Painting German Wehrmacht(Heer)infantry

Brief History

Wehrmacht (listen) (help·info) (literally "defense force") was the name of the unified armed forces of Germany from 1935 to 1945. It consisted of the Heer (army), the Kriegsmarine (navy) and the Luftwaffe (air force).

The Waffen-SS, an initially small paramilitary section of Heinrich Himmler's Allgemeine SS that grew to nearly a million strong during World War II, was not officially part of the Wehrmacht, but subject to OKW, OKH, as well as Field Command. Thus, the Waffen-SS was, de facto, a fourth branch of the Wehrmacht.

Although it is technically incorrect, the word Wehrmacht is often used to refer specifically to the German Army of the Second World War, as opposed to the Kriegsmarine and Luftwaffe.

Origin and use of the terms

Before the rise of the NSDAP, the term Wehrmacht was used in a generic sense to describe armed forces of any nation, being utilized as the "home defense" version of the more general Streitmacht. For example, the term 'Britische Wehrmacht' would identify the British armed forces.

Article 47 of the Weimar Constitution of 1919 declared "Der Reichspräsident hat den Oberbefehl über die gesamte Wehrmacht des Reiches" (meaning: "The Reichspräsident holds supreme command of all armed forces of the Reich"). To make a distinction, the term Reichswehr was commonly used to identify the German armed forces.

Figure choice

The figure that I chose to paint is the 1/35 Tamiya figure from the German Wehrmacht Mounted Infantry set . The figure is standing upright and was a suitable figure to use as a sample piece. I believe painting the WW2 German Wehrmacht uniform is the most basic and common enough subject that is widely discussed in the figure modelling world and is good start with.

You can always choose figures from DML or other brands which I can say are better sculpted than this older figure. Try to get the figures with upright poses if you are starting out since its easier to manipulate while painting.

The painting was done using an imagined light source from the top of the figure(zenithal lighting) and that is how the everything else follows to that rule of thumb.

Colors Used

Field Grey, Green Grey, Black Grey, Offwhite, Flat White, Yellow Sand , Leather Brown, Orange Brown, Glossy Black Sea Grey, Brown Sand, Basic Skintone, Cadmium Burnt Red and Matt Black. All paints are from Vallejo Model Colour.

Priming the model

I first primed the figure with a Tamiya light grey spray primer, and then undercoated the miniature figure with a Tamiya Matt black spray paint.

Painting the flesh

The head and hands were painted first using Sand Brown and highlighted with Basic skintone and shaded with Burnt Cadmium Red. You can refer to the Painting a face in Oils or Painting Aragon pages regarding painting flesh colours.

The uniform

The 3 basic colours of the uniform I used for the wehrmact(heer) uniform is Field Grey, Green Grey and Black Grey. The uniform were basecoated with German Field Grey and given 2-3 coats at a dilution ratio of 1 part paint and 2 part water. The next step was to apply the first highlight. A mix of 33% Green Grey were added to 66% Field Grey and applied to the general high points of the uniform.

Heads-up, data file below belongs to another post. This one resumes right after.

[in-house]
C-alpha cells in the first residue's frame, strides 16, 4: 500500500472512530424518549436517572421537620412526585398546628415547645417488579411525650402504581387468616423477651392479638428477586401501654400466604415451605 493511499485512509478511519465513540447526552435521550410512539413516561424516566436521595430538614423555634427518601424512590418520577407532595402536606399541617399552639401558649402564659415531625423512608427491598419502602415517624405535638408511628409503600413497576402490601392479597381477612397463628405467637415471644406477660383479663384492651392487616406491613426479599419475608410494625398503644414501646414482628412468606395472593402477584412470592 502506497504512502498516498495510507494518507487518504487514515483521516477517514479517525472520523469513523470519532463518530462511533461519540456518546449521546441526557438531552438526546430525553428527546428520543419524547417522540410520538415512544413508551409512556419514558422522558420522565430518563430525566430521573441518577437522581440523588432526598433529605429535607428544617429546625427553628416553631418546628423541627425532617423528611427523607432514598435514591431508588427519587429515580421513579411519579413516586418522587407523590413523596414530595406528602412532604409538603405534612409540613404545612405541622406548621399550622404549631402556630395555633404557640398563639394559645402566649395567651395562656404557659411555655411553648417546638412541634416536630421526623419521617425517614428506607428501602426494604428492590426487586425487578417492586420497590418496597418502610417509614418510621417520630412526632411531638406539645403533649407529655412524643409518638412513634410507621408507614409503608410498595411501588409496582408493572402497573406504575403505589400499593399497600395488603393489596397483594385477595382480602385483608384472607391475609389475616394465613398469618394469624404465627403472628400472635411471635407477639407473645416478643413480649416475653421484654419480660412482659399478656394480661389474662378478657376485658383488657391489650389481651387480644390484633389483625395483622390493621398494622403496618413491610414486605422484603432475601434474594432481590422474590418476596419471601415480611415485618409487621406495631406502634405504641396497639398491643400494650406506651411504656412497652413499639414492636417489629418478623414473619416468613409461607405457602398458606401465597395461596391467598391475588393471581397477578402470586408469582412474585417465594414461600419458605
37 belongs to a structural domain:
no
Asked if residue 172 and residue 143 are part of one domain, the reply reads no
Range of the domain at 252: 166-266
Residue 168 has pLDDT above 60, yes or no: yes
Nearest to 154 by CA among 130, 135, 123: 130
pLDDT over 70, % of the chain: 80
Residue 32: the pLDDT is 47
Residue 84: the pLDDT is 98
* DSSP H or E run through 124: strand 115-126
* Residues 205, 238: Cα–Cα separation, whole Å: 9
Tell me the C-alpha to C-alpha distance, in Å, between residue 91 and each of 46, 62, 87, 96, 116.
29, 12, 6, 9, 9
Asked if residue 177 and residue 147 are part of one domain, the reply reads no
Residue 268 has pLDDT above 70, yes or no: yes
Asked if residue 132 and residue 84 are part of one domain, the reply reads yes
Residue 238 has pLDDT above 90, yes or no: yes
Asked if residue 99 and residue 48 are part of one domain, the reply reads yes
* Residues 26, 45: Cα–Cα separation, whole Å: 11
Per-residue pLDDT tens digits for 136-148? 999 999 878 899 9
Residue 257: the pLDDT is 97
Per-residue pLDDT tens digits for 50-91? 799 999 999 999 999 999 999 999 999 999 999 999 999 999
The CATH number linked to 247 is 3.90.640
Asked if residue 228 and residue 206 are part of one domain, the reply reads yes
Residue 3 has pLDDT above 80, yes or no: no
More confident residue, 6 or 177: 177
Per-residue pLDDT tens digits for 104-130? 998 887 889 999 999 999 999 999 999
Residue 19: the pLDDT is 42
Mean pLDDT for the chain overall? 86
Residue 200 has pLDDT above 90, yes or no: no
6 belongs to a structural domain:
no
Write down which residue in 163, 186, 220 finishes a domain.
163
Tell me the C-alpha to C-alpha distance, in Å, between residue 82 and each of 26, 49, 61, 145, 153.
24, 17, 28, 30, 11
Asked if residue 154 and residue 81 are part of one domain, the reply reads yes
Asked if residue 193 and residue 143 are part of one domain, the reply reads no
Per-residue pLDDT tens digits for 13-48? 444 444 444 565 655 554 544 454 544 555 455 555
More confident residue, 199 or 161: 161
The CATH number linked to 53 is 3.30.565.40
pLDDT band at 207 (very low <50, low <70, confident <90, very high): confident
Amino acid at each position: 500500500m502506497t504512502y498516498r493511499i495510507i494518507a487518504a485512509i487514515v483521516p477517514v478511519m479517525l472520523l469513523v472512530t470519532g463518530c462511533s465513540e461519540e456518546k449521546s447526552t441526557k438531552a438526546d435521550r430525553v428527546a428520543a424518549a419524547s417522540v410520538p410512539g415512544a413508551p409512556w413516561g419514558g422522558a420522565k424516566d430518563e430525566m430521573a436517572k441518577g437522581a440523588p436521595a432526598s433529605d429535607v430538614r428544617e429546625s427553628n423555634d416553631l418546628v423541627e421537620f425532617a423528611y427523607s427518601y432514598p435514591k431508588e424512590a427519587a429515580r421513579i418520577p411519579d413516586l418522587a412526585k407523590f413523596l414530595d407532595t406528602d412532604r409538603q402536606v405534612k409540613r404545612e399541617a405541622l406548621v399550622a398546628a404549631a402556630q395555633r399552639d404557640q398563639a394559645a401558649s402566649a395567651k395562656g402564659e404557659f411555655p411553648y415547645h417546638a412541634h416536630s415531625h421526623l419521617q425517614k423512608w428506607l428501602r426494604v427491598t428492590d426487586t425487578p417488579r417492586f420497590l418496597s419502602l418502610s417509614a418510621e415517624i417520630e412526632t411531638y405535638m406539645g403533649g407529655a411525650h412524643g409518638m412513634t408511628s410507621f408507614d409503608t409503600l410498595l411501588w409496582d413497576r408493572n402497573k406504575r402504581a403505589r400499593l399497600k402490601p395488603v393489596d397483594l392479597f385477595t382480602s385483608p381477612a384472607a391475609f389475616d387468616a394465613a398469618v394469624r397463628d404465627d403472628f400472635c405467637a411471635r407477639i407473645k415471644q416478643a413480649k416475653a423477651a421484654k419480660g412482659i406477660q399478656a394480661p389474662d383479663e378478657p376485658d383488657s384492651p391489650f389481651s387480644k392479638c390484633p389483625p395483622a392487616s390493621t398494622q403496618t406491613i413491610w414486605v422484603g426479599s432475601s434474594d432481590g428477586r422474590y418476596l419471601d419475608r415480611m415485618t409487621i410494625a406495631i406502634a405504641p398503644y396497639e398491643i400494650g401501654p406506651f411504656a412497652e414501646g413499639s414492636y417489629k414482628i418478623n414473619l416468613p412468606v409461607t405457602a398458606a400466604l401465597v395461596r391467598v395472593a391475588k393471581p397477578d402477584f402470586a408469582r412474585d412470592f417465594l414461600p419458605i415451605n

For the second highlight, 66% Grey Green were added to 33% Field Grey and applied on only prominent high areas of the uniforms like top of folds and creases. The last highlight was 100% Green Grey and applied on only the areas which catches the most light like the top of the collar and and folds of the uniform.

Only 2 layers are applied for shade areas. The first layer consist of 50% black Grey and 50% Field Grey. This mix was applied into recesses and areas receiveing less light. The second shade is actually a black wash that is applied into only deep recesses and seams to create the contrast and accentuate the details of the miniature.


The webbing, belt and ammo pouches were basecoated with a mix of black and leather brown and highlighted with orange brown.

The metal parts like the belt buckle and eagle insignia on the right chest were basecoated with Sea Grey and highlighted with Flat White.

For the basecoat of the boots I used Matt Black and highlighted them with Orange Brown. The water bottle and magazine pouches are actually a mix of Khaki and Yellow Sand. Later, some burnt umber was added to that mix and used to weather and shade them.

The helmet was painted using Field Grey and weathered using diluted basic skintone. It was then shaded using diluted black grey using stabbing motions with a brush. For the wooden handle of the grenade, and mix of Burnt Umber, Yellow Sand and Flat Earth was used to highlight the base coat of Leather Brown to simulate woodgrains.

I used dark brown colours mixed with Glossy Black to paint the metallic parts of the weapon.

Lastly, all the recesses were given a black wash one last time to give all the details more contrast.

Recommended Books on WW2 German Figures

Basically when you talk about modelling German figures, there are 2 books from Osprey Publishing series that are well known in the modeling land.

The first book is Modelling Fallschirmj�ger Figures by Jaume Ortiz and Daniel Alfonsea and the second book is Modelling Waffen-SS Figures by Calvin Tan. Fallshirmjager were the paratroopers of the WW2 Germany while the SS were the elite troopers of the German army. These two books cover complex camouflage scheme uniforms and ways to tackle them.

Whenever you go to a miniature modeling competition, you will definitely see the styles from either these two books being replicated by some contestants with German figures.

These two books complement each other since both authors use Vallejo acrylics as their painting medium. Both authors from each book also utilises different techniques in painting and weathering. If you like to learn specifically about painting and modelling German figures, this is the first two books you should get.